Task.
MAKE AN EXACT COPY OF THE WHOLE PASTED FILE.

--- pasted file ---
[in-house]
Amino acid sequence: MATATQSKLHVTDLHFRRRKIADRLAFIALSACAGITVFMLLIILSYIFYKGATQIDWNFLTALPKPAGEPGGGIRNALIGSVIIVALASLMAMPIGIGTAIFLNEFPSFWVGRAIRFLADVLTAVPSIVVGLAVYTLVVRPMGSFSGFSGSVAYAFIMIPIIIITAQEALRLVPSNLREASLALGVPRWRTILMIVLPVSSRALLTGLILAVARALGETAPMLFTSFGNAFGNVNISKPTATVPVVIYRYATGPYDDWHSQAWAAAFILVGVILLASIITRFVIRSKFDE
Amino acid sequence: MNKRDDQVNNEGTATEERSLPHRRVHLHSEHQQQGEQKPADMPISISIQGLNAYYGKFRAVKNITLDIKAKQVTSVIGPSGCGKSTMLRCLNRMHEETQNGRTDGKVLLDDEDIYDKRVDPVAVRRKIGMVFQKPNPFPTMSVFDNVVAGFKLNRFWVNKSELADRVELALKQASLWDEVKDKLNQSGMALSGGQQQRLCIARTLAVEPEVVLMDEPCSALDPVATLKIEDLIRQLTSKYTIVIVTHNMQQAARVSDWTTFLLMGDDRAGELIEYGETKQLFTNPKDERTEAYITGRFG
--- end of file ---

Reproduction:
[in-house]
Amino acid sequence: MATATQSKLHVTDLHFRRRKIADRLAFIALSACAGITVFMLLIILSYIFYKGATQIDWNFLTALPKPAGEPGGGIRNALIGSVIIVALASLMAMPIGIGTAIFLNEFPSFWVGRAIRFLADVLTAVPSIVVGLAVYTLVVRPMGSFSGFSGSVAYAFIMIPIIIITAQEALRLVPSNLREASLALGVPRWRTILMIVLPVSSRALLTGLILAVARALGETAPMLFTSFGNAFGNVNISKPTATVPVVIYRYATGPYDDWHSQAWAAAFILVGVILLASIITRFVIRSKFDE
Amino acid sequence: MNKRDDQVNNEGTATEERSLPHRRVHLHSEHQQQGEQKPADMPISISIQGLNAYYGKFRAVKNITLDIKAKQVTSVIGPSGCGKSTMLRCLNRMHEETQNGRTDGKVLLDDEDIYDKRVDPVAVRRKIGMVFQKPNPFPTMSVFDNVVAGFKLNRFWVNKSELADRVELALKQASLWDEVKDKLNQSGMALSGGQQQRLCIARTLAVEPEVVLMDEPCSALDPVATLKIEDLIRQLTSKYTIVIVTHNMQQAARVSDWTTFLLMGDDRAGELIEYGETKQLFTNPKDERTEAYITGRFG